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Unwanted gold?

Popularity is a killer in terms of long-term collector value.

The first three designs of the First Spouse gold coin series that began in 2007 sold out rapidly. The half-ounce gold coins for Martha Washington, Abigail Adams and Jefferson’s Liberty Head design were hot.

Now the test:

Name the three cheapest First Spouse coins in 2014.

You are correct, it is those very same Washington, Adams and Jefferson pieces. You can also throw in the fourth issue for Dolley Madison as well. It was not the sellout that the others were, but it still sold in high numbers.

I examined these prices yesterday as Harry Miller supplied data for the monthly update of the Coin Market price guide.

He lists both the BU and proof versions at $710 for the four.

If you move along to the fifth issue, which was for Elizabeth Monroe, mintages dropped by more than half from the earlier issues and prices, as you would expect are higher at $975 for a BU and $950 for a proof.

So far, the most expensive one is the proof for Julia Tyler at $1,800 and the second most expensive is her BU version at $1,650.

Don’t cry too hard for the buyers of the first issue. They are safely in profit due to the rise in the price of bullion. The BU coin issue price was $410.95.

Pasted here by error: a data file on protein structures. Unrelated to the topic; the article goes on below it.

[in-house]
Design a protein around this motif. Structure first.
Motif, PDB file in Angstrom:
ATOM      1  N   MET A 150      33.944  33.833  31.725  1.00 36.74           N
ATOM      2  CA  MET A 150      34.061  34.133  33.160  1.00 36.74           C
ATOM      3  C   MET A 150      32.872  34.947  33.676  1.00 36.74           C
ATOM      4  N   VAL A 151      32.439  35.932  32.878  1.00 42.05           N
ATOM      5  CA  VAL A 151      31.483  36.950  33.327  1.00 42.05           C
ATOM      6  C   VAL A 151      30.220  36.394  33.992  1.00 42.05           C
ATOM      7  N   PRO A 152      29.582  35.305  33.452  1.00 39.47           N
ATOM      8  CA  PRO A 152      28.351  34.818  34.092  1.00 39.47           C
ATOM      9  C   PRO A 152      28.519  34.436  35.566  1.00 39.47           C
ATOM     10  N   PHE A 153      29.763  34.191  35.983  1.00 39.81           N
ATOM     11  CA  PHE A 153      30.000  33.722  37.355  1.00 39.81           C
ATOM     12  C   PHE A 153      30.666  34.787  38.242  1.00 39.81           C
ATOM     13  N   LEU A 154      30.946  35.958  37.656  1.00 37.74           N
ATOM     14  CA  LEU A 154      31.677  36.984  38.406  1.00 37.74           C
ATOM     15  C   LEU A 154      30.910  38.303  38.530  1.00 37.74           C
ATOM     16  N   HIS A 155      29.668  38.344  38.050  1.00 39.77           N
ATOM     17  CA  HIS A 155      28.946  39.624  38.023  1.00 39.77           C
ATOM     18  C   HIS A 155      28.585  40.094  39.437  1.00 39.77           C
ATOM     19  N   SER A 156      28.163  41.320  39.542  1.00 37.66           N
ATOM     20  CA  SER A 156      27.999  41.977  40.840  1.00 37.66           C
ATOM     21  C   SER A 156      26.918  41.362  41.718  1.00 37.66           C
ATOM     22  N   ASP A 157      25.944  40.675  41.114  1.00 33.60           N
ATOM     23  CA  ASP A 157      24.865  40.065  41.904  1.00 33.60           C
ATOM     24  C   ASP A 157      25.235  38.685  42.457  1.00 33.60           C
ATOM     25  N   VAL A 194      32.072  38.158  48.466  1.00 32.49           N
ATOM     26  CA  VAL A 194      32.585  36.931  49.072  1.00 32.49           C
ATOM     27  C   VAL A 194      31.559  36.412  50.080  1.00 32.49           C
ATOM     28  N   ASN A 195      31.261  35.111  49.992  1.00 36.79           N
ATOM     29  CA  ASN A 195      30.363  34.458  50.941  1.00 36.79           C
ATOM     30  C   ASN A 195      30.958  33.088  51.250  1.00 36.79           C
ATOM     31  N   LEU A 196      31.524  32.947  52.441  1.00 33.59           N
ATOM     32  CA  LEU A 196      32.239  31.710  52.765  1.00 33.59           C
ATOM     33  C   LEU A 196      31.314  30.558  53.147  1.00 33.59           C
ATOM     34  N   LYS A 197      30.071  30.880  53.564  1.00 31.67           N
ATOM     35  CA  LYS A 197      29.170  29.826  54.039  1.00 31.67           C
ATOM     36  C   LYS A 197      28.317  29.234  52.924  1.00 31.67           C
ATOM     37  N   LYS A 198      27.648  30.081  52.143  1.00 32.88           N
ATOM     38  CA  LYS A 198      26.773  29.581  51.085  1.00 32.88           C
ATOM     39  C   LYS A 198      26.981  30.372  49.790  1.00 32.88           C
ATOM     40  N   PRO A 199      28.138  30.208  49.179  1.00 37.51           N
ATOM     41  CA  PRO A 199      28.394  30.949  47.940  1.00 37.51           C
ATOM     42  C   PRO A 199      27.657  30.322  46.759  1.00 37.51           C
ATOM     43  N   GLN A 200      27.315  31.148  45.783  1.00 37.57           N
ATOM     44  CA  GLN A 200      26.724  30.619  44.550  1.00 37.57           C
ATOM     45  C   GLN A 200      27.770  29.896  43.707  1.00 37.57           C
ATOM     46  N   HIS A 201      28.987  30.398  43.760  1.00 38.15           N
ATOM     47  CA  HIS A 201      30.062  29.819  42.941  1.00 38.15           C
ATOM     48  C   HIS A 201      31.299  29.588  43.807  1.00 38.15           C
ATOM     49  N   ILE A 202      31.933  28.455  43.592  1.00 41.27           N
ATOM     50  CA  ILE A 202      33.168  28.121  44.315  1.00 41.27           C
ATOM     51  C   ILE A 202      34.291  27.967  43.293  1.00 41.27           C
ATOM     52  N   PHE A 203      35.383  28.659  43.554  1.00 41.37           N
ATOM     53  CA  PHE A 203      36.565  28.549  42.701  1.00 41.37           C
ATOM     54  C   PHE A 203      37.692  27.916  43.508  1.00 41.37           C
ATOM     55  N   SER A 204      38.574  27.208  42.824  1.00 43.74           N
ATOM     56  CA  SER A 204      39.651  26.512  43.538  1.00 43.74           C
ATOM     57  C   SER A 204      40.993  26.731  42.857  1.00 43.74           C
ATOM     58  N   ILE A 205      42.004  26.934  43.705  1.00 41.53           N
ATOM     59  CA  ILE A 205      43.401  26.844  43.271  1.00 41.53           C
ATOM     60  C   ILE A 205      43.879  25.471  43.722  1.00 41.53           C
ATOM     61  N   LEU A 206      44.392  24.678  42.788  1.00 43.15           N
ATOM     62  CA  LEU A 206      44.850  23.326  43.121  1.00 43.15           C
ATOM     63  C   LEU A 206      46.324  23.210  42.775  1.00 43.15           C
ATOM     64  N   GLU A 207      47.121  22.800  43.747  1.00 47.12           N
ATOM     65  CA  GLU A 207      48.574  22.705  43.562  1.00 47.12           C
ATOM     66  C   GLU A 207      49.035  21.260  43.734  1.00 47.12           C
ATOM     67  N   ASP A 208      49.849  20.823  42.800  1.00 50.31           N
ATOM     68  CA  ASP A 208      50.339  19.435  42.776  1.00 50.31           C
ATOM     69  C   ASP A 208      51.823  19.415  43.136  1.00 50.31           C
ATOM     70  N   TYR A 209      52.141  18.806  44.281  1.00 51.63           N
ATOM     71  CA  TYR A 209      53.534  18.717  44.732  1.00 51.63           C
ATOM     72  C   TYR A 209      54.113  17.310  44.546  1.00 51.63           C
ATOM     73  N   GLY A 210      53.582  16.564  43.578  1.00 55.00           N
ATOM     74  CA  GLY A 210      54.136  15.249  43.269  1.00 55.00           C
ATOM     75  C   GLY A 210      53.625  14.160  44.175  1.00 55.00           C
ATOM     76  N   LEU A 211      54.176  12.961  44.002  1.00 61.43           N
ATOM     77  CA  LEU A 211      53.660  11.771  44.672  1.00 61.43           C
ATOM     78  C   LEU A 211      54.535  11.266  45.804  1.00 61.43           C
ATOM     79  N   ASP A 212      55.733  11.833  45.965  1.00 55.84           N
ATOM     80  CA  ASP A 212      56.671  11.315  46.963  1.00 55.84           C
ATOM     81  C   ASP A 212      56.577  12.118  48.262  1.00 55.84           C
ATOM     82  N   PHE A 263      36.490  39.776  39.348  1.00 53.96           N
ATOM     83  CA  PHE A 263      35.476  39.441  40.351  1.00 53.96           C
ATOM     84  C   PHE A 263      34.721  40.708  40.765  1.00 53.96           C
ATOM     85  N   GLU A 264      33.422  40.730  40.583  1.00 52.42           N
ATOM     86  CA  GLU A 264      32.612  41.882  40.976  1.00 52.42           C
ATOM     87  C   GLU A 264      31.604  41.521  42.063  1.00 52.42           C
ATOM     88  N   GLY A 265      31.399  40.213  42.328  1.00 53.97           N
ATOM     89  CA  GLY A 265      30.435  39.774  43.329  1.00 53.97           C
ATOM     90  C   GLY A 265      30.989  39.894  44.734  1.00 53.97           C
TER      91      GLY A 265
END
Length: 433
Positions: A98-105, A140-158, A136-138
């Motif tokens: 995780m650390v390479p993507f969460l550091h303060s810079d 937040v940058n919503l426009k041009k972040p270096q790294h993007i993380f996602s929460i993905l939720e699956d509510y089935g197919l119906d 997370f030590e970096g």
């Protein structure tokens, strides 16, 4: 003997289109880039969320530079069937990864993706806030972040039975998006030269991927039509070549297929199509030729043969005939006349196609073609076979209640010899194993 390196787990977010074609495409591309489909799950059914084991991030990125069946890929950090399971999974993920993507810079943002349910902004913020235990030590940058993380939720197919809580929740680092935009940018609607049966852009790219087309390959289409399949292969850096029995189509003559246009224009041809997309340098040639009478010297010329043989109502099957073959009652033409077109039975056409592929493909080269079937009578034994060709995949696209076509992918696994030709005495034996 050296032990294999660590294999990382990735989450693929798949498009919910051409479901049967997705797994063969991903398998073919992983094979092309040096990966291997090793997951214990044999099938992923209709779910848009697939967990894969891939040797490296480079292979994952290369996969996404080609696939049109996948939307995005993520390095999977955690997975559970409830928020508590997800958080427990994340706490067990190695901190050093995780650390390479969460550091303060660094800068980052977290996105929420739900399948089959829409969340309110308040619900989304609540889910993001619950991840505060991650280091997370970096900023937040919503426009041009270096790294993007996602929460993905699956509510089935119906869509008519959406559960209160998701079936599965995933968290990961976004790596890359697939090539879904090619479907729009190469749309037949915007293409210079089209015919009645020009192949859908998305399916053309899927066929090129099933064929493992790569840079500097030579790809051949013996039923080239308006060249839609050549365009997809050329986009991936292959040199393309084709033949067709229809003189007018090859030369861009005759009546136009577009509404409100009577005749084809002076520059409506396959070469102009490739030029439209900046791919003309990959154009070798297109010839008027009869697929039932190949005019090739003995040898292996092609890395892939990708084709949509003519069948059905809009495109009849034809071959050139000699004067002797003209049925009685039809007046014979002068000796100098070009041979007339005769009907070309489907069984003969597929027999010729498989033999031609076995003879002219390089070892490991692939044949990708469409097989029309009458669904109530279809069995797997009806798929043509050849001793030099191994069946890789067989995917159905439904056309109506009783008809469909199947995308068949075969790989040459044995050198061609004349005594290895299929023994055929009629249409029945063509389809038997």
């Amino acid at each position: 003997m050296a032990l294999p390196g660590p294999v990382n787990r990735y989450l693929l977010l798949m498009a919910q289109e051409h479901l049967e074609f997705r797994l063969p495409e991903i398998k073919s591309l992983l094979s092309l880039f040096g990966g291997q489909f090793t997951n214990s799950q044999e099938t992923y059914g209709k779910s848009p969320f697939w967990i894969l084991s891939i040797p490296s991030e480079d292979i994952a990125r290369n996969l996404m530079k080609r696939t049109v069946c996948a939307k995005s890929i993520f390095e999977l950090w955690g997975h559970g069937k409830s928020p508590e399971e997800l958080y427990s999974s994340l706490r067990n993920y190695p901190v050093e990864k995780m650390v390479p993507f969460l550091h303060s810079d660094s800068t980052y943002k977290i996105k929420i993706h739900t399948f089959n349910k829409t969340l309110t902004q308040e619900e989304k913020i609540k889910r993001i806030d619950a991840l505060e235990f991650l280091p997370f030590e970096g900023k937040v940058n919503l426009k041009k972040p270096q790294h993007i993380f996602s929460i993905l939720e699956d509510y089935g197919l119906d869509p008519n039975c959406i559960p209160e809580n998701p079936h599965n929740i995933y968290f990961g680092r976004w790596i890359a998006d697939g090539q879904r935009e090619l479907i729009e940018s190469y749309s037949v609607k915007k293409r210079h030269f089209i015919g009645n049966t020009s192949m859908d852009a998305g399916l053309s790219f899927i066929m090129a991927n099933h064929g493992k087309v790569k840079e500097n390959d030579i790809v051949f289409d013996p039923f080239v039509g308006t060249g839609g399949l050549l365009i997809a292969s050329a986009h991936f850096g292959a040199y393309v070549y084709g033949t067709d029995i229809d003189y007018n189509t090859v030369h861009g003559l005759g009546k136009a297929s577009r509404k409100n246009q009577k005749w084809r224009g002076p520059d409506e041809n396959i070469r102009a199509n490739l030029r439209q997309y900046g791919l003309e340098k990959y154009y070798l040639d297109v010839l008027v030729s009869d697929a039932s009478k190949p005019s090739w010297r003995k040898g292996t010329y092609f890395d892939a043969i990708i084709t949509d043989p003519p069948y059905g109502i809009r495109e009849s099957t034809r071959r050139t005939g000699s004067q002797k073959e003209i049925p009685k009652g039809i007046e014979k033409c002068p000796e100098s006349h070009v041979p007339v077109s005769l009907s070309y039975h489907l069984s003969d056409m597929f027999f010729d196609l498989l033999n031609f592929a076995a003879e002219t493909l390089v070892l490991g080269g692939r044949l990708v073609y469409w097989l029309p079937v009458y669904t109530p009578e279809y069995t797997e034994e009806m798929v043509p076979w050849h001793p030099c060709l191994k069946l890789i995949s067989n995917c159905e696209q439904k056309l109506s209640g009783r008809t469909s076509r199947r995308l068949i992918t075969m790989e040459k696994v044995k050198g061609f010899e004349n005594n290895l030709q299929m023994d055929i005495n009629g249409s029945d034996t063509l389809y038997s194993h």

Mintage limits were set at 40,000 for each 2007 issue. The mixture between proof and BU was determined by what the buyers ordered.

In the fog of speculative fervor, apparently when the sold-out final sales were tallied they fell somewhat short of the limits.

For Martha Washington it was 19,169 proofs and 17,661 uncirculateds.

In contrast Julia Tyler mintages are 3,878 proofs and 2,188 BU examples.

Obviously, interest had fallen dramatically by the time the 2009 Julia Tyler issue became available.

This again demonstrates the paradox of long-term collector values. To benefit, you must buy what most collectors seem to be turning their noses up at and ignore the issues that everyone seems to want.

That’s hard to do.

This is why the pattern repeats itself.

What these prices patterns also indicate is that it might pay to keep an eye on current offerings, which have sales numbers below that of Julia Tyler. Time might change that, but if you can find the next Julia Tyler might that not be worth the $820 BU issue price, or $840 proof issue price?

Buzz blogger Dave Harper is winner of the 2013 Numismatic Literary Guild Award for Best Blog and is editor of the weekly newspaper “Numismatic News.”

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